Paul Romer is one and he responds:
Realists were ones who said that given the unusual conditions that prevailed, it was too risky to let them go into bankruptcy. By these criteria, most of the people who signed the letter opposing the Paulson plan were probably fundamentalists. Remember, the realists were the ones who said that given the complexity of interconnection, a competitive market in telephony would never work. Fundamentalists were the ones who said that they didn't know precisely how, but they were sure that market competition would work just fine even there. So it is not true that everyone wants to be called a realist. Or that realists are always right or more sensible. My point was that fundamentalists should listen to realists and they should put more weight on what they say when predictions based on the fundamentalist models are turning out to be wrong.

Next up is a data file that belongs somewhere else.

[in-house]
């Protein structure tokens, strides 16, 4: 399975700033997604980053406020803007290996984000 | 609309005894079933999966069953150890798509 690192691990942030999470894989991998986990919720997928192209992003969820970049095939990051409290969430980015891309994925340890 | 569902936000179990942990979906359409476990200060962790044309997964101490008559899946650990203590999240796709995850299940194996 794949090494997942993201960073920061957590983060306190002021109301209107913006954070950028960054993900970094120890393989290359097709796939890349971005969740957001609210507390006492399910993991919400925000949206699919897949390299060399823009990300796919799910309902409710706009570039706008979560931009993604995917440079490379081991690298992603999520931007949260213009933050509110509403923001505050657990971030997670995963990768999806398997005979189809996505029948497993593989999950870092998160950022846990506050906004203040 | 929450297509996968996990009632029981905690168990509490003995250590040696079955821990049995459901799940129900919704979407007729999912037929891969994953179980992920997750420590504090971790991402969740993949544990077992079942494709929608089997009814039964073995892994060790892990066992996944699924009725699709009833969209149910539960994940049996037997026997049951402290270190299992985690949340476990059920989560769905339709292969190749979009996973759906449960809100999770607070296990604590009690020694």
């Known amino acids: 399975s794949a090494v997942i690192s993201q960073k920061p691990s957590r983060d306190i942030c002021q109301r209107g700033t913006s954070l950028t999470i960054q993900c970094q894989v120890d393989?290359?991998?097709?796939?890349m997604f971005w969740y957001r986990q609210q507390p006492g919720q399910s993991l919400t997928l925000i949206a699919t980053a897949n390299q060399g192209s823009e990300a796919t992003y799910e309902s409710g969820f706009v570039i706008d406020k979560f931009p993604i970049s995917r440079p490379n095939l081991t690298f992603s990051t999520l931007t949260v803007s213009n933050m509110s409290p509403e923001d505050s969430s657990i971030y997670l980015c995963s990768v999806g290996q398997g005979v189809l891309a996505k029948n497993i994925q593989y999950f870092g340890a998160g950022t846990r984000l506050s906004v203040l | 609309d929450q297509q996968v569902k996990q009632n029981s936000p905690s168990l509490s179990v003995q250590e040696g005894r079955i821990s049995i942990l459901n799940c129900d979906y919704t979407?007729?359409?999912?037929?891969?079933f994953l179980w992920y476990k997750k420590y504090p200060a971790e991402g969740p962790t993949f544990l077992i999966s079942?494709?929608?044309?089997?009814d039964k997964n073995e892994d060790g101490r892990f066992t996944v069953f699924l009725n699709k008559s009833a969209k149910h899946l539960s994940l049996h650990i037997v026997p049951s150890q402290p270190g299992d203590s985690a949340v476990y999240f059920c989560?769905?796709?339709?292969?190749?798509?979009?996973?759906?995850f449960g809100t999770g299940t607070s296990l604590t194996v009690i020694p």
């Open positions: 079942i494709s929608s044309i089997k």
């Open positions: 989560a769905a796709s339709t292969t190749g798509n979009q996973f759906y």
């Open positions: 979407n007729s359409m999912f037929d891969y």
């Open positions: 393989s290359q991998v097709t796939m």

…Personally, I switched sides when I saw how much damage the Lehman bankruptcy did and how quickly the damage was accumulating. If my prediction was so wrong, it seemed to me that the time had come to place less trust in the models and to listen more carefully to people closer to the front lines who were raising alarms. I switched to support for giving Bernanke and Paulson all the firepower they asked for because I thought the increased risk of a financial panic that we would run if we didn't far outweighed any risks from spending the resources in the wrong way or from giving Paulson too much discretion.